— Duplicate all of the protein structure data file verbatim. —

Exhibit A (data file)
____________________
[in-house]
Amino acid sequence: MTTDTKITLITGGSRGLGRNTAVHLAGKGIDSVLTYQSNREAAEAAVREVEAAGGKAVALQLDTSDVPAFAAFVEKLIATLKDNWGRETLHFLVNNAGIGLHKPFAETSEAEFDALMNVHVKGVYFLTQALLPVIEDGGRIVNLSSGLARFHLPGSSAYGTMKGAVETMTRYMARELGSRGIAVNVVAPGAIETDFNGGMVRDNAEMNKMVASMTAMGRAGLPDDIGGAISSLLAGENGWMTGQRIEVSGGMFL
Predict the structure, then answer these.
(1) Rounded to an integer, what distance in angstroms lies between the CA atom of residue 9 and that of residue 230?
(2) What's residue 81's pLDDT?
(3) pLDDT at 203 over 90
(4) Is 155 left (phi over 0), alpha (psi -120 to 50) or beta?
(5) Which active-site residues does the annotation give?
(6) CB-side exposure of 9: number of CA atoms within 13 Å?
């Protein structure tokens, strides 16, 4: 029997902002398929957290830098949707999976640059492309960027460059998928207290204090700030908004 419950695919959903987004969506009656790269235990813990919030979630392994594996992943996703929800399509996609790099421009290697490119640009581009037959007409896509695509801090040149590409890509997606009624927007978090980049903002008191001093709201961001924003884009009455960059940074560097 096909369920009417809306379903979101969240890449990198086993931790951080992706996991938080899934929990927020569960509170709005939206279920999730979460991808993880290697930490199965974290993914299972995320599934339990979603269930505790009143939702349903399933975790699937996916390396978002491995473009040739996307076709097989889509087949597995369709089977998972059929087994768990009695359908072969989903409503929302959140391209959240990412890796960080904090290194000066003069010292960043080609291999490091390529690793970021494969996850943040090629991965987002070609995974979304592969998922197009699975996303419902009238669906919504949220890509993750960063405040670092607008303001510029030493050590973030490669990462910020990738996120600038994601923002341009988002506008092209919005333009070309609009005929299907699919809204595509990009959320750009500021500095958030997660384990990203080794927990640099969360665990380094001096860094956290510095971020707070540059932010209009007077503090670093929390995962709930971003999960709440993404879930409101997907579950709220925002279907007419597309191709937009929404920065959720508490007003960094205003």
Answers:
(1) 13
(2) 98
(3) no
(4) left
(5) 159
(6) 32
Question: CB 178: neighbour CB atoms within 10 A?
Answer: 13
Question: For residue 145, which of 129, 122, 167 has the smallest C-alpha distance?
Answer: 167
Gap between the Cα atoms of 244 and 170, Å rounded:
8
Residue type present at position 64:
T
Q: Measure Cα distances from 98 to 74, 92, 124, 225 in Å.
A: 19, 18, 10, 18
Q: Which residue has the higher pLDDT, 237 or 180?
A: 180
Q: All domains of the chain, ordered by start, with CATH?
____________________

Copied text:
[in-house]
Amino acid sequence: MTTDTKITLITGGSRGLGRNTAVHLAGKGIDSVLTYQSNREAAEAAVREVEAAGGKAVALQLDTSDVPAFAAFVEKLIATLKDNWGRETLHFLVNNAGIGLHKPFAETSEAEFDALMNVHVKGVYFLTQALLPVIEDGGRIVNLSSGLARFHLPGSSAYGTMKGAVETMTRYMARELGSRGIAVNVVAPGAIETDFNGGMVRDNAEMNKMVASMTAMGRAGLPDDIGGAISSLLAGENGWMTGQRIEVSGGMFL
Predict the structure, then answer these.
(1) Rounded to an integer, what distance in angstroms lies between the CA atom of residue 9 and that of residue 230?
(2) What's residue 81's pLDDT?
(3) pLDDT at 203 over 90
(4) Is 155 left (phi over 0), alpha (psi -120 to 50) or beta?
(5) Which active-site residues does the annotation give?
(6) CB-side exposure of 9: number of CA atoms within 13 Å?
């Protein structure tokens, strides 16, 4: 029997902002398929957290830098949707999976640059492309960027460059998928207290204090700030908004 419950695919959903987004969506009656790269235990813990919030979630392994594996992943996703929800399509996609790099421009290697490119640009581009037959007409896509695509801090040149590409890509997606009624927007978090980049903002008191001093709201961001924003884009009455960059940074560097 096909369920009417809306379903979101969240890449990198086993931790951080992706996991938080899934929990927020569960509170709005939206279920999730979460991808993880290697930490199965974290993914299972995320599934339990979603269930505790009143939702349903399933975790699937996916390396978002491995473009040739996307076709097989889509087949597995369709089977998972059929087994768990009695359908072969989903409503929302959140391209959240990412890796960080904090290194000066003069010292960043080609291999490091390529690793970021494969996850943040090629991965987002070609995974979304592969998922197009699975996303419902009238669906919504949220890509993750960063405040670092607008303001510029030493050590973030490669990462910020990738996120600038994601923002341009988002506008092209919005333009070309609009005929299907699919809204595509990009959320750009500021500095958030997660384990990203080794927990640099969360665990380094001096860094956290510095971020707070540059932010209009007077503090670093929390995962709930971003999960709440993404879930409101997907579950709220925002279907007419597309191709937009929404920065959720508490007003960094205003």
Answers:
(1) 13
(2) 98
(3) no
(4) left
(5) 159
(6) 32
Question: CB 178: neighbour CB atoms within 10 A?
Answer: 13
Question: For residue 145, which of 129, 122, 167 has the smallest C-alpha distance?
Answer: 167
Gap between the Cα atoms of 244 and 170, Å rounded:
8
Residue type present at position 64:
T
Q: Measure Cα distances from 98 to 74, 92, 124, 225 in Å.
A: 19, 18, 10, 18
Q: Which residue has the higher pLDDT, 237 or 180?
A: 180
Q: All domains of the chain, ordered by start, with CATH?